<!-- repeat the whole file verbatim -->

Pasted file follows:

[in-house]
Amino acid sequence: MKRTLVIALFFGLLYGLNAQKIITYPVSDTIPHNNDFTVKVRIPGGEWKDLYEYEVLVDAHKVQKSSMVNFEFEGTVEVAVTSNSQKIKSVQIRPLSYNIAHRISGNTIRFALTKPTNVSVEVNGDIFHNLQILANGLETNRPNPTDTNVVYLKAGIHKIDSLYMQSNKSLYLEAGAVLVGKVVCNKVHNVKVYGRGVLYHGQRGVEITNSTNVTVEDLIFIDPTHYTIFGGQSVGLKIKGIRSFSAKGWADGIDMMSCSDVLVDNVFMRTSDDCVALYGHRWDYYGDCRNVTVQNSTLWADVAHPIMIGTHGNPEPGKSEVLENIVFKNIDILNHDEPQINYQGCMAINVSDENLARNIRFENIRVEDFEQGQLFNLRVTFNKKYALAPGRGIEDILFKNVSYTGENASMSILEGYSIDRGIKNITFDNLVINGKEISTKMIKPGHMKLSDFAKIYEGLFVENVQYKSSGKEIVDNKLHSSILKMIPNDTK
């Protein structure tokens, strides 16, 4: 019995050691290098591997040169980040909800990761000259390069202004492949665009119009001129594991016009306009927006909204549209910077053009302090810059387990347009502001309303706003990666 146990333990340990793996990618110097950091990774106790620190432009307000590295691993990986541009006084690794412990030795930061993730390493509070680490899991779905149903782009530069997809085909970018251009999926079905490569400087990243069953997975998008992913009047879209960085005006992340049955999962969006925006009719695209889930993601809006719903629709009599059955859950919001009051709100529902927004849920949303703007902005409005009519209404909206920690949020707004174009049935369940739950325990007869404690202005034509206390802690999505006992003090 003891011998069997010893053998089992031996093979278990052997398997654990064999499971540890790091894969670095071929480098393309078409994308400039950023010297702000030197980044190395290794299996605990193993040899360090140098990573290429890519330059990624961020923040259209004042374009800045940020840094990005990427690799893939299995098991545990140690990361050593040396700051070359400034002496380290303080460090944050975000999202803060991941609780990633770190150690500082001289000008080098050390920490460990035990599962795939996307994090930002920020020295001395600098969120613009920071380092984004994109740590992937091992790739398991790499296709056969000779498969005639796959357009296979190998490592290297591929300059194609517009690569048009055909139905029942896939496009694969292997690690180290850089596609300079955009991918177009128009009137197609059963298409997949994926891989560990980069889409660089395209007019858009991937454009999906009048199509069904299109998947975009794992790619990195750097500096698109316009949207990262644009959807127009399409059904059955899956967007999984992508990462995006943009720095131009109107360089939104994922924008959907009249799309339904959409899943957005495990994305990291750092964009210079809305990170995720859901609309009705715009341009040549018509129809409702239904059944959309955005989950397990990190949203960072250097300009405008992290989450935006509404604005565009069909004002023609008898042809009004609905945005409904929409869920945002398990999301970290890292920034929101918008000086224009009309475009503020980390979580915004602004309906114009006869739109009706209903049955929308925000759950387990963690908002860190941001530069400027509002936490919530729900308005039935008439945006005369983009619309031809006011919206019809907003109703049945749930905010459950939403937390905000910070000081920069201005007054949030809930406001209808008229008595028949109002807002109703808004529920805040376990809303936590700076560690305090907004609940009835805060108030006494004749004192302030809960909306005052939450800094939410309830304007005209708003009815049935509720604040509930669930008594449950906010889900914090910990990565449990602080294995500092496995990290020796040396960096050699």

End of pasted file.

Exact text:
[in-house]
Amino acid sequence: MKRTLVIALFFGLLYGLNAQKIITYPVSDTIPHNNDFTVKVRIPGGEWKDLYEYEVLVDAHKVQKSSMVNFEFEGTVEVAVTSNSQKIKSVQIRPLSYNIAHRISGNTIRFALTKPTNVSVEVNGDIFHNLQILANGLETNRPNPTDTNVVYLKAGIHKIDSLYMQSNKSLYLEAGAVLVGKVVCNKVHNVKVYGRGVLYHGQRGVEITNSTNVTVEDLIFIDPTHYTIFGGQSVGLKIKGIRSFSAKGWADGIDMMSCSDVLVDNVFMRTSDDCVALYGHRWDYYGDCRNVTVQNSTLWADVAHPIMIGTHGNPEPGKSEVLENIVFKNIDILNHDEPQINYQGCMAINVSDENLARNIRFENIRVEDFEQGQLFNLRVTFNKKYALAPGRGIEDILFKNVSYTGENASMSILEGYSIDRGIKNITFDNLVINGKEISTKMIKPGHMKLSDFAKIYEGLFVENVQYKSSGKEIVDNKLHSSILKMIPNDTK
């Protein structure tokens, strides 16, 4: 019995050691290098591997040169980040909800990761000259390069202004492949665009119009001129594991016009306009927006909204549209910077053009302090810059387990347009502001309303706003990666 146990333990340990793996990618110097950091990774106790620190432009307000590295691993990986541009006084690794412990030795930061993730390493509070680490899991779905149903782009530069997809085909970018251009999926079905490569400087990243069953997975998008992913009047879209960085005006992340049955999962969006925006009719695209889930993601809006719903629709009599059955859950919001009051709100529902927004849920949303703007902005409005009519209404909206920690949020707004174009049935369940739950325990007869404690202005034509206390802690999505006992003090 003891011998069997010893053998089992031996093979278990052997398997654990064999499971540890790091894969670095071929480098393309078409994308400039950023010297702000030197980044190395290794299996605990193993040899360090140098990573290429890519330059990624961020923040259209004042374009800045940020840094990005990427690799893939299995098991545990140690990361050593040396700051070359400034002496380290303080460090944050975000999202803060991941609780990633770190150690500082001289000008080098050390920490460990035990599962795939996307994090930002920020020295001395600098969120613009920071380092984004994109740590992937091992790739398991790499296709056969000779498969005639796959357009296979190998490592290297591929300059194609517009690569048009055909139905029942896939496009694969292997690690180290850089596609300079955009991918177009128009009137197609059963298409997949994926891989560990980069889409660089395209007019858009991937454009999906009048199509069904299109998947975009794992790619990195750097500096698109316009949207990262644009959807127009399409059904059955899956967007999984992508990462995006943009720095131009109107360089939104994922924008959907009249799309339904959409899943957005495990994305990291750092964009210079809305990170995720859901609309009705715009341009040549018509129809409702239904059944959309955005989950397990990190949203960072250097300009405008992290989450935006509404604005565009069909004002023609008898042809009004609905945005409904929409869920945002398990999301970290890292920034929101918008000086224009009309475009503020980390979580915004602004309906114009006869739109009706209903049955929308925000759950387990963690908002860190941001530069400027509002936490919530729900308005039935008439945006005369983009619309031809006011919206019809907003109703049945749930905010459950939403937390905000910070000081920069201005007054949030809930406001209808008229008595028949109002807002109703808004529920805040376990809303936590700076560690305090907004609940009835805060108030006494004749004192302030809960909306005052939450800094939410309830304007005209708003009815049935509720604040509930669930008594449950906010889900914090910990990565449990602080294995500092496995990290020796040396960096050699």